Three pirates who once ruled the Main Bounding
You’ve decided you don’t want your 9-to-5 job anymore and decided to change careers. Your new chosen profession: a pirate. Ah, yes, that good old 17th century tradition of glamorous, rogue, easily profitable but dangerous sea robbery. Make the waves of the seas your home and hopefully not scream “Ahoy, I’ll crush your barnacles!” or something similar to each other. Either way, if you wanted some personalities to inspire your new career path, you might want to take a look at those pirates who once ruled the highs and lows of the seas. (But to be serious, please don’t turn to hacking.)
He was described by NBC News as “an elegant scoundrel” who plundered ships from Britain, Spain and America in the early 1800s. He was a French blacksmith who decided to venture out and to expand his business into something bigger, i.e. smuggling and piracy. Soon he, his brother, and their men had the fortress at Barataria Bay, Louisiana. Its force was stronger than any United States Navy at that time. During the War of 1812, Britain just bought its way into New Orleans instead of trying to fight it to gain access. Barataria Bay was an important approach to New Orleans and the British offered to give him $30,000 and make him captain of the Royal Navy. Lafitte accepted these offers, but he had a different plan in mind. He warned the Louisiana official of the impending peril. However, Governor WCC Claiborne did not believe him and instead called in the United States Army and Navy to wipe out the entire colony, including some of Laffite’s ships. Still wanting to show his loyalty to the United States, Lafitte offered to help General Andrew Jackson’s pressed forces, on the condition that he and his men be pardoned. Jackson closed the deal, and the pirate’s team did indeed aid in the Battle of New Orleans. After that, the pres. James Madison issued a public proclamation that pardoned Lafitte’s group.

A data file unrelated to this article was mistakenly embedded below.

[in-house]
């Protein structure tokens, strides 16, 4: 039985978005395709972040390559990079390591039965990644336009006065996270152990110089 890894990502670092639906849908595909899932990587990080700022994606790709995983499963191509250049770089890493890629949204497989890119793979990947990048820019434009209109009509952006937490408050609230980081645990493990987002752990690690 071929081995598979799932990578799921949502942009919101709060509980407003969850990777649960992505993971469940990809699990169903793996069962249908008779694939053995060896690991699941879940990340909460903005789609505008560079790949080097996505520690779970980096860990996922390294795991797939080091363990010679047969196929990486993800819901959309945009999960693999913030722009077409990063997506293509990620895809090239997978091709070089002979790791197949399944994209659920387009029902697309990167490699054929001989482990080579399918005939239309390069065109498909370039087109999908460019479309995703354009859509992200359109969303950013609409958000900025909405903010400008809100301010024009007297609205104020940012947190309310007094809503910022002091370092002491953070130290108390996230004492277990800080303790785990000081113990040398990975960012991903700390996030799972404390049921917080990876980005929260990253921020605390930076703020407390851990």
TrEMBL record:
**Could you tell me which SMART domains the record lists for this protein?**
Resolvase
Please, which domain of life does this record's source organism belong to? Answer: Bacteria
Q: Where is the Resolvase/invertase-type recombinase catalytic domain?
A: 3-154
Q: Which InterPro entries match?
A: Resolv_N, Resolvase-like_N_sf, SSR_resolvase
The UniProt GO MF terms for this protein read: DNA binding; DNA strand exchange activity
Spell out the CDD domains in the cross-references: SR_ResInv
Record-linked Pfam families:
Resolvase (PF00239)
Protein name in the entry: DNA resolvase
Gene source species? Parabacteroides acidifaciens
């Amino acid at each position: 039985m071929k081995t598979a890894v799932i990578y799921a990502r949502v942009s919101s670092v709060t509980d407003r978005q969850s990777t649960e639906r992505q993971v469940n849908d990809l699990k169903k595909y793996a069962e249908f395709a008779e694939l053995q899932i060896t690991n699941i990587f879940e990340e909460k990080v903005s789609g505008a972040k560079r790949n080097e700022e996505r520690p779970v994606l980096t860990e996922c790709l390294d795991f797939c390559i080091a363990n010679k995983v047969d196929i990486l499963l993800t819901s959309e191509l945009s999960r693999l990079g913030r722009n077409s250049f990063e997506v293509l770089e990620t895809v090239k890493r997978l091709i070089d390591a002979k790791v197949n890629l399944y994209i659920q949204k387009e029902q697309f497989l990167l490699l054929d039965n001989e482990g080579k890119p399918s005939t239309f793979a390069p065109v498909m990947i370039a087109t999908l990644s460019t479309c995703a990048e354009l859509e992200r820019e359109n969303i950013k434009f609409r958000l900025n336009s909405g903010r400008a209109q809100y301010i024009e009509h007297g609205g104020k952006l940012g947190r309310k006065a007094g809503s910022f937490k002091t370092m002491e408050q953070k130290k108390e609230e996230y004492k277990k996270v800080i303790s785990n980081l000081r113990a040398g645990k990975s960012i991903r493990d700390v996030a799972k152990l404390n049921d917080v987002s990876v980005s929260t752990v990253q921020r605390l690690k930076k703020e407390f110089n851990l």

But once a pirate, always a pirate. He returned to his good old ways after the war, targeting Spanish ships in particular along the coast of Spanish America.
Born John Roberts, Black Bart was a Welshman forced into piracy in 1719 at a time called the Golden Age of Piracy. Anyway, he proved to be very good at it, especially in navigating and assessing the forces of enemy ships. Because of this, he was not promoted to commander until six days after their captain died.
Black Bart’s ships raided ships off the Americas and the West African coast from 1719 to 1722. Once they stole the best ship of the Portuguese treasure fleet of 44 ships. As a bonus, aboard the stolen ship were 40,000 gold coins and a diamond-studded cross believed to be for the King of Portugal. Apart from that, he created his own pirate code. In total, Black Bart and his crew were able to steal 400 ships throughout their short career from 1719 to 1722 after dying at the Battle of Cape Lopez, ending his life with a bullet through his neck.
Henry Every, sometimes Jack or John Avery, was an English pirate whose main office was in the Atlantic and Indian Oceans in the mid-1690s. He was very familiar with the sea, starting his life in the waters. Initially, he was drafted as a mate on a privateer ship called Charles II. The ship, however, saw no action and simply sat in port for many months with the crew unpaid. And so, Every decided he would just steal the ship, and he did, even naming it the Fancy.
Nicknamed “The Arch Pirate” and “The King of Pirates”, he was known to be one of the few pirate captains to successfully escape without being arrested or killed during battles. He was also known as the author of what was considered the most profitable act of piracy in history. Like the others, his career was short-lived as he only lasted two years as a pirate before dying between 1699 and 1714, leaving his treasures behind but untraceable.
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